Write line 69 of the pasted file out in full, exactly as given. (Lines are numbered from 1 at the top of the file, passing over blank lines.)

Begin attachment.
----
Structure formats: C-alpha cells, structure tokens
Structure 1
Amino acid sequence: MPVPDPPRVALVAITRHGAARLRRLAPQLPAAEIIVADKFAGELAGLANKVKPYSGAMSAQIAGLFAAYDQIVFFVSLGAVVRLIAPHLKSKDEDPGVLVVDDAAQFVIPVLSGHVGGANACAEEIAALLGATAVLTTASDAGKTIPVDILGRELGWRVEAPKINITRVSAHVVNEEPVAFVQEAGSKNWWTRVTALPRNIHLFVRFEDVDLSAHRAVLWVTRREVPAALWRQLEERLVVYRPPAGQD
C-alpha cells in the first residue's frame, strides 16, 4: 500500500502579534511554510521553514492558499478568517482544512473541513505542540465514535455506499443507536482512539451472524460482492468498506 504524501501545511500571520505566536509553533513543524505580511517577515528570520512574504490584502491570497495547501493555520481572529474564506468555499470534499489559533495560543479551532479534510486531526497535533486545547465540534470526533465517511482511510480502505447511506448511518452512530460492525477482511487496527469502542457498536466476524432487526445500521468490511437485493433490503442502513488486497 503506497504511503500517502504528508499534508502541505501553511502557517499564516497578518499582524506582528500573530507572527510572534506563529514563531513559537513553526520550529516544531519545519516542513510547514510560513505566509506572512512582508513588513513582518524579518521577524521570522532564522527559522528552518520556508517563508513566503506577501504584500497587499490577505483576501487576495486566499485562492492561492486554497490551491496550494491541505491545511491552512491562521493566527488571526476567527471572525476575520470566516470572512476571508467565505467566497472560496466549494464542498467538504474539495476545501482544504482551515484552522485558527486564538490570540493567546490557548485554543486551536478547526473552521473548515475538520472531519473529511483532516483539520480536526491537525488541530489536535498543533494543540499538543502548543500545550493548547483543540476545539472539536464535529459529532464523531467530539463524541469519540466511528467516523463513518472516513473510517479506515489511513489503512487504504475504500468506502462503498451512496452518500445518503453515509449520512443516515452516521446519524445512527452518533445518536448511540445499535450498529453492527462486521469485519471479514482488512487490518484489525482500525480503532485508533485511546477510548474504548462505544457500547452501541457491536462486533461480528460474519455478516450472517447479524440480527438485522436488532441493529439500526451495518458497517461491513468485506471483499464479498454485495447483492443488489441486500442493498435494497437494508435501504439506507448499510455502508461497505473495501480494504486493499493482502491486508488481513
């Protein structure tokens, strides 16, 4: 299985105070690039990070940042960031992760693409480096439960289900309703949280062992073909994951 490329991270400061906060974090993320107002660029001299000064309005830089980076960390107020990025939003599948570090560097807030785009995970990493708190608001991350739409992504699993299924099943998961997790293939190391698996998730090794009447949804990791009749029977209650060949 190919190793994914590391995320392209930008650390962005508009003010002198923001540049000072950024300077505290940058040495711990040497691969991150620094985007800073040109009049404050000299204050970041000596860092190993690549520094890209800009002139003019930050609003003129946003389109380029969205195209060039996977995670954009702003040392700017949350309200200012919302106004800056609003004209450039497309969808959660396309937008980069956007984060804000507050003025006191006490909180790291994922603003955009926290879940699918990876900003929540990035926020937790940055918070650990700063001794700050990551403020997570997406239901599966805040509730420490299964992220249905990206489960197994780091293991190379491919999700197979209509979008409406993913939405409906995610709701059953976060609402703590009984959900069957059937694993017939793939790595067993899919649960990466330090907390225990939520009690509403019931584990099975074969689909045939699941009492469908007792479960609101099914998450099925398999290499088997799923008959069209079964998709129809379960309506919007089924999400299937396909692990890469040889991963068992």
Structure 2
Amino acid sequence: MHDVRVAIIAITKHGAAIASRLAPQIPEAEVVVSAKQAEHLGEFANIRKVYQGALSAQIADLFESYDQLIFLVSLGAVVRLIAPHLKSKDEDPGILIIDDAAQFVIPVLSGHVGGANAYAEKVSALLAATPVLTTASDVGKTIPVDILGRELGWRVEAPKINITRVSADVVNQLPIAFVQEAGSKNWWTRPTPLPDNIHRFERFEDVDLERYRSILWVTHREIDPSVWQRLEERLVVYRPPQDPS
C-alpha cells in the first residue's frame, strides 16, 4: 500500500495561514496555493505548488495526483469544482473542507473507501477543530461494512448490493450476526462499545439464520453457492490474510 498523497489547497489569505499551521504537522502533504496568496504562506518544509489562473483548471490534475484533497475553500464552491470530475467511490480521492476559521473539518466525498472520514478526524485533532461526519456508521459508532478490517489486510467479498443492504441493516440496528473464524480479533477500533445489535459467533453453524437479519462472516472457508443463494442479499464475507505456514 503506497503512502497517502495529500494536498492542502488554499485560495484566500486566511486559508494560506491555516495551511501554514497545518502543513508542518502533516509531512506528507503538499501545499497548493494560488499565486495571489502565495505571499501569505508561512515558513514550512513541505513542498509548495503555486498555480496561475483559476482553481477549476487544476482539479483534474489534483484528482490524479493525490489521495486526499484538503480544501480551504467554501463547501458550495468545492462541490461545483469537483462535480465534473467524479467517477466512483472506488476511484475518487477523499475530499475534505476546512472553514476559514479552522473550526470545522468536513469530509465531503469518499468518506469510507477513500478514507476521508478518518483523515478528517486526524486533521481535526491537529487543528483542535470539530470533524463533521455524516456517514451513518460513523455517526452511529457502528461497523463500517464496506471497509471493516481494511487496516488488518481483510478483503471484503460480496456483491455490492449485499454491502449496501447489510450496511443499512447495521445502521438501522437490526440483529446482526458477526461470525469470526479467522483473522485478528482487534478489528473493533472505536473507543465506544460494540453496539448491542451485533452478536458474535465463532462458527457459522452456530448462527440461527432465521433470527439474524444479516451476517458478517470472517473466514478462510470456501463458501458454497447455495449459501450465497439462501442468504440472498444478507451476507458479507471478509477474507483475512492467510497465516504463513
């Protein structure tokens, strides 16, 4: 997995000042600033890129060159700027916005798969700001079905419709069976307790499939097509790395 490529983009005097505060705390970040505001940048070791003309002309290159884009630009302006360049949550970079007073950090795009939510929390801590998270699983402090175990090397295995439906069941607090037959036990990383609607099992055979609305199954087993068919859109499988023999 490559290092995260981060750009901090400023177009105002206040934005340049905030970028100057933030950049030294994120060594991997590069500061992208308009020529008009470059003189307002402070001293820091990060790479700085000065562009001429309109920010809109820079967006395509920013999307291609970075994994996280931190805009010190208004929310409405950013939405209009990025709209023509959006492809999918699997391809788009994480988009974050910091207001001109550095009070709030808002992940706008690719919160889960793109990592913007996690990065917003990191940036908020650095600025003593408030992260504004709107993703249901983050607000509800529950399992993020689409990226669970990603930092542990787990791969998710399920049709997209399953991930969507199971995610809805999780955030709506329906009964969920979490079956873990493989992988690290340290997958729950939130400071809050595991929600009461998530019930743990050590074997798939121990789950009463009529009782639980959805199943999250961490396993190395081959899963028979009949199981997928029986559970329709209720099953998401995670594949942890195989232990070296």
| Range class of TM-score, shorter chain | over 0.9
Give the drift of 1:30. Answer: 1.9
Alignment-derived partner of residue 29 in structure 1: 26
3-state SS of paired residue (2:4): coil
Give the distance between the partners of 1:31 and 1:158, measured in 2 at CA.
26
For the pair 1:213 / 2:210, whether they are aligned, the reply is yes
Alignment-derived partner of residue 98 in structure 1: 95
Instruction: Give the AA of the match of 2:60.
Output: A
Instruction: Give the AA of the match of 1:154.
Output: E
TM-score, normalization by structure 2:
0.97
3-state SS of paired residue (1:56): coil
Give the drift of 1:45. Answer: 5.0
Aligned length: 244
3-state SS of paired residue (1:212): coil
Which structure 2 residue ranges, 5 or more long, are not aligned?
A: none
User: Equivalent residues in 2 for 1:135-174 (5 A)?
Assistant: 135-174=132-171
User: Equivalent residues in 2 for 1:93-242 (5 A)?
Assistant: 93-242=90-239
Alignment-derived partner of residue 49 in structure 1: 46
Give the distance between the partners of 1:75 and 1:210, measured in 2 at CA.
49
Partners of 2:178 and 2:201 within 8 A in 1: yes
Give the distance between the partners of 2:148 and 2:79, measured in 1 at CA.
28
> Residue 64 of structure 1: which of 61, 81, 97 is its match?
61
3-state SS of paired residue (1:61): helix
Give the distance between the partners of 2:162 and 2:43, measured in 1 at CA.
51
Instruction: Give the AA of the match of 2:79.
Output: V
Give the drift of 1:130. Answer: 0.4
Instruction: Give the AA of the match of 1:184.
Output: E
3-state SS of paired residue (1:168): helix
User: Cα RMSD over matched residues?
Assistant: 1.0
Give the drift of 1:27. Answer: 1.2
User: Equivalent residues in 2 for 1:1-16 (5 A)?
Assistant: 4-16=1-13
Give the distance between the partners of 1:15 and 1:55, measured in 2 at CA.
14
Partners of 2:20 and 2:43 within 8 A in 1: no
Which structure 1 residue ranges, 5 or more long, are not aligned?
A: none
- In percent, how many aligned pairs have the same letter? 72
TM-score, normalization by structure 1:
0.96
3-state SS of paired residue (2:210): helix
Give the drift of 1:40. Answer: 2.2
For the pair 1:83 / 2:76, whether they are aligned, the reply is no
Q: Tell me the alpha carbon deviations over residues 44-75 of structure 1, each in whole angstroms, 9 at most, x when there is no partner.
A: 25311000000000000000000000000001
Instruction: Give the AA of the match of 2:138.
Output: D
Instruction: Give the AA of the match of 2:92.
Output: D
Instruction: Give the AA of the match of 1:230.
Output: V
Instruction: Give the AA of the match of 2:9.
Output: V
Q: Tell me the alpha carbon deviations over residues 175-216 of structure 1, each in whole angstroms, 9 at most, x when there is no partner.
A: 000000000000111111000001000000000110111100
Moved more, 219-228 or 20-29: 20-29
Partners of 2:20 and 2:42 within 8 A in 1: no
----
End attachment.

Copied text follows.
Instruction: Give the AA of the match of 2:138.